Christine Cole, Executive Director

Much of what we do at CJI involves supporting states' efforts to improve their justice systems, including data support, policy guidance, and training people on the front lines. So, the arrival of COVID-19 is very much affecting our partners and the way we are doing our work.

We've engaged with several states and localities to assist with their responses to current challenges. Some examples of CJI's COVID-related work:

  • Understanding CARES Act opportunities for criminal justice agencies
  • Ensuring corrections agencies can continue to provide behavioral health services
  • Understanding current release policies, including release authority, eligibility, and decision-making
  • Outlining new or expanded release options in response to emergency release situations, including examples from states and localities
  • Coordinating transition planning with community support services
  • Preparing supervision policies and practices for those released under emergency release policies
  • Connecting corrections agencies to organizations that are conducting projections of how COVID-19 will impact jails and prisons
  • Collecting data on jail and prison releases, developing a data tracking program to understand outcomes of release decisions, and comparing data from multiple cohorts of released individuals to assess outcomes

We also started tracking criminal justice-related responses to the virus. CJI's new online tracker includes information from media reports, official announcements, and other sources about actions taken in response to coronavirus that affect incarcerated populations. So far, efforts range from police departments issuing summonses instead of making arrests to fast-tracking parole hearings to early releases for individuals nearing the end of their sentences or who have pre-existing medical conditions.

Our team's experience and expertise across the spectrum of criminal and juvenile justice means we can continue our work in this unprecedented moment in time. Please let us know if any of the above areas of support are of interest to you or others in your network. CJI's assistance is occurring at both state and local levels and can be adjusted based on agency or site needs.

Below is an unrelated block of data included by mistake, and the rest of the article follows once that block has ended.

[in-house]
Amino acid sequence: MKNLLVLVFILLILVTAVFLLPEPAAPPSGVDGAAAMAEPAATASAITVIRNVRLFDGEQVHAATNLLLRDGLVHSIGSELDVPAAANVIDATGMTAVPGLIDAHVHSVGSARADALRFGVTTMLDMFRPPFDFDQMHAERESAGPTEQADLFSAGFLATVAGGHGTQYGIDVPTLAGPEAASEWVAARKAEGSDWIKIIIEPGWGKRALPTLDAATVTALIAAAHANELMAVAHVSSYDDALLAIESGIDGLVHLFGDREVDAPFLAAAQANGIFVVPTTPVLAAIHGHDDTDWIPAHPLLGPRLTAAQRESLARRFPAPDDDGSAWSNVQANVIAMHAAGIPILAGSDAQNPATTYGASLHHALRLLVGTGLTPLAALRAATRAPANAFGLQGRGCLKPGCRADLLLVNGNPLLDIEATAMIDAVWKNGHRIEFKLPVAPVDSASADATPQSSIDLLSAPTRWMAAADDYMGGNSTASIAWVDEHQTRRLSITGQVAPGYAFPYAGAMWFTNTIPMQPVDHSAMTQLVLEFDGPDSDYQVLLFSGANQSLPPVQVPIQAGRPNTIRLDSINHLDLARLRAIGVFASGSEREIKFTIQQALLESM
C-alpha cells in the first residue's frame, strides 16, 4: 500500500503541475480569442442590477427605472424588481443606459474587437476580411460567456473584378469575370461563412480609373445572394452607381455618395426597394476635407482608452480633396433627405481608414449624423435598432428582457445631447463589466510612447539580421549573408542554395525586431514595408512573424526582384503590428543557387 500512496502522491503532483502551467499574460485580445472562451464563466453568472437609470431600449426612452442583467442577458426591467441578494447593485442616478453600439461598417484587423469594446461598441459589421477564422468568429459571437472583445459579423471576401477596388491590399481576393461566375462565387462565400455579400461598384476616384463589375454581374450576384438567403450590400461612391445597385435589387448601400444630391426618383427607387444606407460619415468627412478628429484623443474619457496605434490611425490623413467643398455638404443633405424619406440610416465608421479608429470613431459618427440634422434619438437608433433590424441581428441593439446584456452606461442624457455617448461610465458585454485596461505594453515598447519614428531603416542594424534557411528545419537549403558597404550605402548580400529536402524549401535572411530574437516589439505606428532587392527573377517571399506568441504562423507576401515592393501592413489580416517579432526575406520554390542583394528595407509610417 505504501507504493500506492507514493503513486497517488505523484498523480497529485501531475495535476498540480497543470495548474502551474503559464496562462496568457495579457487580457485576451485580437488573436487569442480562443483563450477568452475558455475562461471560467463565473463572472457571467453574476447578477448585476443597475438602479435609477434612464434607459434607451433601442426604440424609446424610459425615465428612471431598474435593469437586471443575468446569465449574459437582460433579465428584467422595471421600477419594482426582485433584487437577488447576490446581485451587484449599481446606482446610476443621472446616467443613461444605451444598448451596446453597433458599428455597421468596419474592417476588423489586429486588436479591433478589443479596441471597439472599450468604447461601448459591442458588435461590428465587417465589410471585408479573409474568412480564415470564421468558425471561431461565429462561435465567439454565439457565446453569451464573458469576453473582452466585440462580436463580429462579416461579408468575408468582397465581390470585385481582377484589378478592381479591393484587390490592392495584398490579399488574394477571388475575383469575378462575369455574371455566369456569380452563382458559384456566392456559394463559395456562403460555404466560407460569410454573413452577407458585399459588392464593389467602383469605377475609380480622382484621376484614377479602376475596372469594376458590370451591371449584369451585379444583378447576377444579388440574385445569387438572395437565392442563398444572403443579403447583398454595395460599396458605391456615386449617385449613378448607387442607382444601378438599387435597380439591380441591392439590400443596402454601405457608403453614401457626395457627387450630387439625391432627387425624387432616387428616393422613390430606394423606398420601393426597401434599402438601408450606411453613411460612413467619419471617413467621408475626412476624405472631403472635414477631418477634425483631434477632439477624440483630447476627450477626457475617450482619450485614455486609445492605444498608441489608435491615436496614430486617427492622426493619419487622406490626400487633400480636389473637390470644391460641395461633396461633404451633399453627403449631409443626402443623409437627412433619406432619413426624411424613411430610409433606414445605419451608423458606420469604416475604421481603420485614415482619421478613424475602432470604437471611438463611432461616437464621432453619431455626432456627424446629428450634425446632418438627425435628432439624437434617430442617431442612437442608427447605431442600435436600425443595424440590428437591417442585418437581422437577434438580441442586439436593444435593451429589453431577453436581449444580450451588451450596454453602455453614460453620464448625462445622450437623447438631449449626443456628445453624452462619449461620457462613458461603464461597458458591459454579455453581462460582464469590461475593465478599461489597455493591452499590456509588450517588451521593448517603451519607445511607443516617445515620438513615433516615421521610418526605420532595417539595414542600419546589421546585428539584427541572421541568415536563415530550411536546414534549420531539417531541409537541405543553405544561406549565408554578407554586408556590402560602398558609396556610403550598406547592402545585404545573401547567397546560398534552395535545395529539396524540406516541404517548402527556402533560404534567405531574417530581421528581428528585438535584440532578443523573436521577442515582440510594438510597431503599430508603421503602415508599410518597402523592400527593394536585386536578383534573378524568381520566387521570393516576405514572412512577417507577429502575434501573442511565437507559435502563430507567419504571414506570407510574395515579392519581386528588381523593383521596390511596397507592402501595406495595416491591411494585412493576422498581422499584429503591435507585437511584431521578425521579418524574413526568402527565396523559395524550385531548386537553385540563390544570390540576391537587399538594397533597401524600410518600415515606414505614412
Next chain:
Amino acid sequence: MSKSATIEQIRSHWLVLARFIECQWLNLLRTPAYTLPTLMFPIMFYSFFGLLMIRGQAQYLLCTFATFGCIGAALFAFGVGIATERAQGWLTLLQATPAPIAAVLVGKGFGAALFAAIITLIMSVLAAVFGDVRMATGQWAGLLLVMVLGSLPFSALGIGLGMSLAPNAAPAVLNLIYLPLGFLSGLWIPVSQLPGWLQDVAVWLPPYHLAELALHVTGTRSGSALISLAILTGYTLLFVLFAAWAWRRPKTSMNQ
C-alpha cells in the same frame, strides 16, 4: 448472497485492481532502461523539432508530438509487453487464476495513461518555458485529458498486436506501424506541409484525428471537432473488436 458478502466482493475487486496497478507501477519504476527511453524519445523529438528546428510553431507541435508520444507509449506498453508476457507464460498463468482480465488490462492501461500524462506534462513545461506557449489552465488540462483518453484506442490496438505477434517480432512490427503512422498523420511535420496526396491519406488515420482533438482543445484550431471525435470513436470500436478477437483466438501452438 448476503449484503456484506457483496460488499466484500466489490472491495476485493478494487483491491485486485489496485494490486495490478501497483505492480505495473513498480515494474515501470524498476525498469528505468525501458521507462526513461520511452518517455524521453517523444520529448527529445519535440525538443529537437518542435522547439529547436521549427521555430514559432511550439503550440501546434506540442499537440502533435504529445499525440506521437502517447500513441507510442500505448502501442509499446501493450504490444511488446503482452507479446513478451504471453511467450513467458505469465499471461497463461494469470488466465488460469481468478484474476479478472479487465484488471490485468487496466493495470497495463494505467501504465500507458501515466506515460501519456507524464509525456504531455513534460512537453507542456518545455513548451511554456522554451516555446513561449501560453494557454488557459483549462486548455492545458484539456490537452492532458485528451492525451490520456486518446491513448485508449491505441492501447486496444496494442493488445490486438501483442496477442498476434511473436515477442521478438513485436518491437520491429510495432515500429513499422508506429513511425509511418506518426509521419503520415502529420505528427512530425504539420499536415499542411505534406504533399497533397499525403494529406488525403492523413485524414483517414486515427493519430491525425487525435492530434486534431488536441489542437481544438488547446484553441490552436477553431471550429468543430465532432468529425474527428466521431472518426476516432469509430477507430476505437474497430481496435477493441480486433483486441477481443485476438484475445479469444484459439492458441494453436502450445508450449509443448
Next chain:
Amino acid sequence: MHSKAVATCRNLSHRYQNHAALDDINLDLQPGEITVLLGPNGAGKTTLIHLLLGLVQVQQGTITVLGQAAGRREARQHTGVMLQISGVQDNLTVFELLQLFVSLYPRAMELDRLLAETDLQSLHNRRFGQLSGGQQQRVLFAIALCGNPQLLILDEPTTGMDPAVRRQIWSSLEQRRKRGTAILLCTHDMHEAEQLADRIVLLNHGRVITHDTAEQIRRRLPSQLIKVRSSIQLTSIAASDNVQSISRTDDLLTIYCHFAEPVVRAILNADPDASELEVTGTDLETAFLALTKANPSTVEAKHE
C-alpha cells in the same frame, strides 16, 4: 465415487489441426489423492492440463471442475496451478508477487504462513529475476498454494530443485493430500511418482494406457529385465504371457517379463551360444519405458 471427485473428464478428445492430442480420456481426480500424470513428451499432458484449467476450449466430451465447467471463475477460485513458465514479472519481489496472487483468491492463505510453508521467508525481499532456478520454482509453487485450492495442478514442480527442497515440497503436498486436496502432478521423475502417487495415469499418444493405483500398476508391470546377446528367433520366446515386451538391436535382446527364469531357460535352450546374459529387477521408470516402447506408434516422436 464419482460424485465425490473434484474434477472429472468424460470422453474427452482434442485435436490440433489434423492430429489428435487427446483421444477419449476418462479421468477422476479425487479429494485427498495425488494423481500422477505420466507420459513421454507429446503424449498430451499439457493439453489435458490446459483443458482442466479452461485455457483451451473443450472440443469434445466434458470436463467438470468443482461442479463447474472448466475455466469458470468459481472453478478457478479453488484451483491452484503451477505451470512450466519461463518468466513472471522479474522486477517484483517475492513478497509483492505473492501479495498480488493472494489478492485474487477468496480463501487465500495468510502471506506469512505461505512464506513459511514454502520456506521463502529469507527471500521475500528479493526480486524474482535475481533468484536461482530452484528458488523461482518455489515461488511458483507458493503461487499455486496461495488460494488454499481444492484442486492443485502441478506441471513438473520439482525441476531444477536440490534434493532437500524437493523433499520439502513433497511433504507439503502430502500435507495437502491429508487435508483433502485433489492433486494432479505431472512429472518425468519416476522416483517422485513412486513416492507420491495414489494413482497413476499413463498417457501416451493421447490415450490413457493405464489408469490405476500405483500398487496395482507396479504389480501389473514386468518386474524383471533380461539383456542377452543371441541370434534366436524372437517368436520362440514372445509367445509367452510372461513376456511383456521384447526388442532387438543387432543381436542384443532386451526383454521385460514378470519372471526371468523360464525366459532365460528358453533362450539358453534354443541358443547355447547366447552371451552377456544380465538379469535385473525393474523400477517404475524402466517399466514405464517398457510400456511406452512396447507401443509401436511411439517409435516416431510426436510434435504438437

Thank you and please be well,

P.S. See below for an inspiring story about how Davidson County's Juvenile Court in Tennessee is advancing important system changes.

  • The Curated Library about Opioid Use for Decision-Makers (CLOUD) has a new featured collection of COVID-19 resources. CJI led a webinar last month for anyone new to the system.

  • Check out CJI’s recent publications: Justice Reinvestment Phase II: Implementing Statewide Reforms, and Justice Reinvestment: Prioritizing Prison Resources Where They Matter Most.

Davidson County’s Juvenile Court (DCJC) is in the midst of an exciting transformation, as they incorporate best practices into all aspects of their court system and include staff at every level.

Following the passage of Tennessee’s Juvenile Justice Reform Act of 2018, DCJC leaders shifted their focus to implementing evidence-based practices proven to reduce recidivism. They knew they would need certain components to succeed: collaboration (especially interagency), a shared message across the court for every interaction with young people and their families, and a plan for sustainability.

As a part of the initial effort, DCJC’s Judge Sheila Calloway and Court Administrator Kathy Sinback knew staff would benefit from hands-on tools to put knowledge into practice. With that in mind, they called upon CJI, an organization already providing juvenile justice technical assistance to Tennessee through the Office of Juvenile Justice and Delinquency Prevention’s Juvenile Justice System Improvement initiative. They specifically requested that CJI train the entire probation unit on the Principles of Effective Intervention and Cognitive Interaction Skills. Additionally, DCJC chose eight staff, including the chief of probation, to become certified trainers. The trained staff began seamlessly weaving their new skills and knowledge into their work and DCJC now offers these trainings as part of their onboarding process and as needed.

“When we understand the importance of specifying the right treatment and the right resources for the ‘right’ children, we can be of greater service to the entire community,” said Judge Calloway. “In the past, we sometimes over-serviced youth and we unknowingly put them at a greater risk to return to the system. Now, we can maximize our impact by concentrating efforts on the young people who truly need us and by intervening in ways that help strengthen families and our communities.”

The training helped fill a gap for DCJC staff from prior trainings and discussions, especially by providing an effective way to interact with youth, families, colleagues, and providers in a meaningful way. DCJC colleagues learned skills and a framework for talking about issues with each other—ideally, they can now talk about cases more quickly and concisely—and the shared knowledge now holds everyone more accountable as they work with young people moving through the system. Everyday interactions will now decrease the risk of young people on their caseloads getting involved in crime, while also building a better sense of partnership with all staff.

Thanks to our many partners and funders who help us make this work happen. Read more about the Arnold Ventures , Bureau of Justice Assistance (BJA) , National Institute of Corrections, Office of Juvenile Justice and Delinquency Prevention (OJJDP) , and Pew Charitable Trusts.